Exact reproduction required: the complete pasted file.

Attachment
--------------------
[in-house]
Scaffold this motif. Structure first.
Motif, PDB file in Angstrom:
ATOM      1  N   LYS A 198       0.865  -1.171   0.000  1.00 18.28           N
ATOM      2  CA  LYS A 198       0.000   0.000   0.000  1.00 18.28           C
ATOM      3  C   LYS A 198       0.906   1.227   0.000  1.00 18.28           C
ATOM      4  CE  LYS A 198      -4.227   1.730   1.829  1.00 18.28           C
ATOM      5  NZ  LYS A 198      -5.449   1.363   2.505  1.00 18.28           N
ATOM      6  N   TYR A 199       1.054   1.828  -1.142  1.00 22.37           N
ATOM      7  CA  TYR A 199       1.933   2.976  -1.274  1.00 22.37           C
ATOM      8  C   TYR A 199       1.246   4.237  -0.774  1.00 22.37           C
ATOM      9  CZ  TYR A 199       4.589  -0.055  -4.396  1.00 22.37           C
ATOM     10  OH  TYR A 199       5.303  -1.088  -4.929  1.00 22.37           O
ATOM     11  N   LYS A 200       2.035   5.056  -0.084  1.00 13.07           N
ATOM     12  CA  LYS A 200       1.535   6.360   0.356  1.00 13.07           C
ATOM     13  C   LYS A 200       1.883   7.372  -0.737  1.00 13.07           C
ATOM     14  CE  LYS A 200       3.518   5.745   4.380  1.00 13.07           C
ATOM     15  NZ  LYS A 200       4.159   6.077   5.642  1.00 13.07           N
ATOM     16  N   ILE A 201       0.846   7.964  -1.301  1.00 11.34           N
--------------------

[in-house]
Scaffold this motif. Structure first.
Motif, PDB file in Angstrom:
ATOM      1  N   LYS A 198       0.865  -1.171   0.000  1.00 18.28           N
ATOM      2  CA  LYS A 198       0.000   0.000   0.000  1.00 18.28           C
ATOM      3  C   LYS A 198       0.906   1.227   0.000  1.00 18.28           C
ATOM      4  CE  LYS A 198      -4.227   1.730   1.829  1.00 18.28           C
ATOM      5  NZ  LYS A 198      -5.449   1.363   2.505  1.00 18.28           N
ATOM      6  N   TYR A 199       1.054   1.828  -1.142  1.00 22.37           N
ATOM      7  CA  TYR A 199       1.933   2.976  -1.274  1.00 22.37           C
ATOM      8  C   TYR A 199       1.246   4.237  -0.774  1.00 22.37           C
ATOM      9  CZ  TYR A 199       4.589  -0.055  -4.396  1.00 22.37           C
ATOM     10  OH  TYR A 199       5.303  -1.088  -4.929  1.00 22.37           O
ATOM     11  N   LYS A 200       2.035   5.056  -0.084  1.00 13.07           N
ATOM     12  CA  LYS A 200       1.535   6.360   0.356  1.00 13.07           C
ATOM     13  C   LYS A 200       1.883   7.372  -0.737  1.00 13.07           C
ATOM     14  CE  LYS A 200       3.518   5.745   4.380  1.00 13.07           C
ATOM     15  NZ  LYS A 200       4.159   6.077   5.642  1.00 13.07           N
ATOM     16  N   ILE A 201       0.846   7.964  -1.301  1.00 11.34           N